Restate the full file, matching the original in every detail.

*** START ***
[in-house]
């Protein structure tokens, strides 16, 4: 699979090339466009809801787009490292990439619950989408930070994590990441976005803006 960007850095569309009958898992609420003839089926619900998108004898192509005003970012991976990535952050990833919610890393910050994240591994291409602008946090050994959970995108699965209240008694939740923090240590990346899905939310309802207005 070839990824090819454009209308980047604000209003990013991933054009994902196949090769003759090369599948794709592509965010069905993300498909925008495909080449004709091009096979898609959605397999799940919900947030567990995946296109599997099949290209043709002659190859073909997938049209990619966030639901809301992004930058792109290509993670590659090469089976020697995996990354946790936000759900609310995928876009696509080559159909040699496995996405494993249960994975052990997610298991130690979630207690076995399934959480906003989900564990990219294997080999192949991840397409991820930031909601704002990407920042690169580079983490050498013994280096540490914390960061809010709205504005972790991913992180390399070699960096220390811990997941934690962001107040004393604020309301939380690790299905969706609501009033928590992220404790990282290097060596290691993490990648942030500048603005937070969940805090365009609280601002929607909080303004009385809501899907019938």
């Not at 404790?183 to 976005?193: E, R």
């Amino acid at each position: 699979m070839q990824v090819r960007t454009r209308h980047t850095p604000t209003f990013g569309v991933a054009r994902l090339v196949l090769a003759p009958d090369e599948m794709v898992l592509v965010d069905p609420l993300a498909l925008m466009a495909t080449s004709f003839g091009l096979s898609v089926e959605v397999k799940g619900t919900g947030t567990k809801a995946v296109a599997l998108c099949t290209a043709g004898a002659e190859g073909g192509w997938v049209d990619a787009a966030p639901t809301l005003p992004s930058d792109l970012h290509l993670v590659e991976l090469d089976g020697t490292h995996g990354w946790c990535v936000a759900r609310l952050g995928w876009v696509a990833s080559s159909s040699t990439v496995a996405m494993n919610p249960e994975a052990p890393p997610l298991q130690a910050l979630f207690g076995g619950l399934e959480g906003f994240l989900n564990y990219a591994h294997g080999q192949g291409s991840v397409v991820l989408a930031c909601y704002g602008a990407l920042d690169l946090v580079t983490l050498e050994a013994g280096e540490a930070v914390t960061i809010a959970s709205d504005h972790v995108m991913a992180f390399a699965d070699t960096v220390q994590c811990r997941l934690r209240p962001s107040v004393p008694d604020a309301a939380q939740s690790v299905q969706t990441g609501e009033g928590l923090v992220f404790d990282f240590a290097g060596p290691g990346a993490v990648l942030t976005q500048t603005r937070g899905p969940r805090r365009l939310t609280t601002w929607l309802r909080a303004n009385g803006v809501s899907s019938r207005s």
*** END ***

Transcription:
[in-house]
């Protein structure tokens, strides 16, 4: 699979090339466009809801787009490292990439619950989408930070994590990441976005803006 960007850095569309009958898992609420003839089926619900998108004898192509005003970012991976990535952050990833919610890393910050994240591994291409602008946090050994959970995108699965209240008694939740923090240590990346899905939310309802207005 070839990824090819454009209308980047604000209003990013991933054009994902196949090769003759090369599948794709592509965010069905993300498909925008495909080449004709091009096979898609959605397999799940919900947030567990995946296109599997099949290209043709002659190859073909997938049209990619966030639901809301992004930058792109290509993670590659090469089976020697995996990354946790936000759900609310995928876009696509080559159909040699496995996405494993249960994975052990997610298991130690979630207690076995399934959480906003989900564990990219294997080999192949991840397409991820930031909601704002990407920042690169580079983490050498013994280096540490914390960061809010709205504005972790991913992180390399070699960096220390811990997941934690962001107040004393604020309301939380690790299905969706609501009033928590992220404790990282290097060596290691993490990648942030500048603005937070969940805090365009609280601002929607909080303004009385809501899907019938």
């Not at 404790?183 to 976005?193: E, R």
């Amino acid at each position: 699979m070839q990824v090819r960007t454009r209308h980047t850095p604000t209003f990013g569309v991933a054009r994902l090339v196949l090769a003759p009958d090369e599948m794709v898992l592509v965010d069905p609420l993300a498909l925008m466009a495909t080449s004709f003839g091009l096979s898609v089926e959605v397999k799940g619900t919900g947030t567990k809801a995946v296109a599997l998108c099949t290209a043709g004898a002659e190859g073909g192509w997938v049209d990619a787009a966030p639901t809301l005003p992004s930058d792109l970012h290509l993670v590659e991976l090469d089976g020697t490292h995996g990354w946790c990535v936000a759900r609310l952050g995928w876009v696509a990833s080559s159909s040699t990439v496995a996405m494993n919610p249960e994975a052990p890393p997610l298991q130690a910050l979630f207690g076995g619950l399934e959480g906003f994240l989900n564990y990219a591994h294997g080999q192949g291409s991840v397409v991820l989408a930031c909601y704002g602008a990407l920042d690169l946090v580079t983490l050498e050994a013994g280096e540490a930070v914390t960061i809010a959970s709205d504005h972790v995108m991913a992180f390399a699965d070699t960096v220390q994590c811990r997941l934690r209240p962001s107040v004393p008694d604020a309301a939380q939740s690790v299905q969706t990441g609501e009033g928590l923090v992220f404790d990282f240590a290097g060596p290691g990346a993490v990648l942030t976005q500048t603005r937070g899905p969940r805090r365009l939310t609280t601002w929607l309802r909080a303004n009385g803006v809501s899907s019938r207005s």